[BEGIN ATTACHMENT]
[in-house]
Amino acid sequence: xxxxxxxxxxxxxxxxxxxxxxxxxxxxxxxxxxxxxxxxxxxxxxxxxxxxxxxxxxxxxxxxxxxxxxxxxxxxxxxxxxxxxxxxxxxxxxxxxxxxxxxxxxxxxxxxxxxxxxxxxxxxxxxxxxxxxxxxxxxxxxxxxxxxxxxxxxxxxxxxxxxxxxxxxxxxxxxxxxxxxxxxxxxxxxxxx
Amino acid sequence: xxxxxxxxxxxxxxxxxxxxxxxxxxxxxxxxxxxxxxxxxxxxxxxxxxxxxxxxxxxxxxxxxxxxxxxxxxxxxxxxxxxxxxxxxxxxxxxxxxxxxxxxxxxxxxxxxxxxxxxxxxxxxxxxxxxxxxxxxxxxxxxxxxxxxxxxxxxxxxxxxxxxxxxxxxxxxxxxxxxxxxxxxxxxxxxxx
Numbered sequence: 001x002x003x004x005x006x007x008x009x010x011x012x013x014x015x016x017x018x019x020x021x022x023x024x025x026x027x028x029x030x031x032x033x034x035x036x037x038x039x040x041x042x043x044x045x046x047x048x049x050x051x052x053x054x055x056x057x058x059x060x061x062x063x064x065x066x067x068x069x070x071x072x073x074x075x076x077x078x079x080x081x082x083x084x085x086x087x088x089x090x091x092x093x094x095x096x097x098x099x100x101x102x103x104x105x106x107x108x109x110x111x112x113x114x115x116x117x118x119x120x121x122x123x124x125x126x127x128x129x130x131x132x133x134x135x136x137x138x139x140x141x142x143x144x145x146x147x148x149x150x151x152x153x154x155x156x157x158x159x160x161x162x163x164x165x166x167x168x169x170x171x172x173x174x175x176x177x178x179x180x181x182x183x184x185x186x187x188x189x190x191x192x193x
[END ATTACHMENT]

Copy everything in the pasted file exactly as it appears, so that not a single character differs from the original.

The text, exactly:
[in-house]
Amino acid sequence: xxxxxxxxxxxxxxxxxxxxxxxxxxxxxxxxxxxxxxxxxxxxxxxxxxxxxxxxxxxxxxxxxxxxxxxxxxxxxxxxxxxxxxxxxxxxxxxxxxxxxxxxxxxxxxxxxxxxxxxxxxxxxxxxxxxxxxxxxxxxxxxxxxxxxxxxxxxxxxxxxxxxxxxxxxxxxxxxxxxxxxxxxxxxxxxxx
Amino acid sequence: xxxxxxxxxxxxxxxxxxxxxxxxxxxxxxxxxxxxxxxxxxxxxxxxxxxxxxxxxxxxxxxxxxxxxxxxxxxxxxxxxxxxxxxxxxxxxxxxxxxxxxxxxxxxxxxxxxxxxxxxxxxxxxxxxxxxxxxxxxxxxxxxxxxxxxxxxxxxxxxxxxxxxxxxxxxxxxxxxxxxxxxxxxxxxxxxx
Numbered sequence: 001x002x003x004x005x006x007x008x009x010x011x012x013x014x015x016x017x018x019x020x021x022x023x024x025x026x027x028x029x030x031x032x033x034x035x036x037x038x039x040x041x042x043x044x045x046x047x048x049x050x051x052x053x054x055x056x057x058x059x060x061x062x063x064x065x066x067x068x069x070x071x072x073x074x075x076x077x078x079x080x081x082x083x084x085x086x087x088x089x090x091x092x093x094x095x096x097x098x099x100x101x102x103x104x105x106x107x108x109x110x111x112x113x114x115x116x117x118x119x120x121x122x123x124x125x126x127x128x129x130x131x132x133x134x135x136x137x138x139x140x141x142x143x144x145x146x147x148x149x150x151x152x153x154x155x156x157x158x159x160x161x162x163x164x165x166x167x168x169x170x171x172x173x174x175x176x177x178x179x180x181x182x183x184x185x186x187x188x189x190x191x192x193x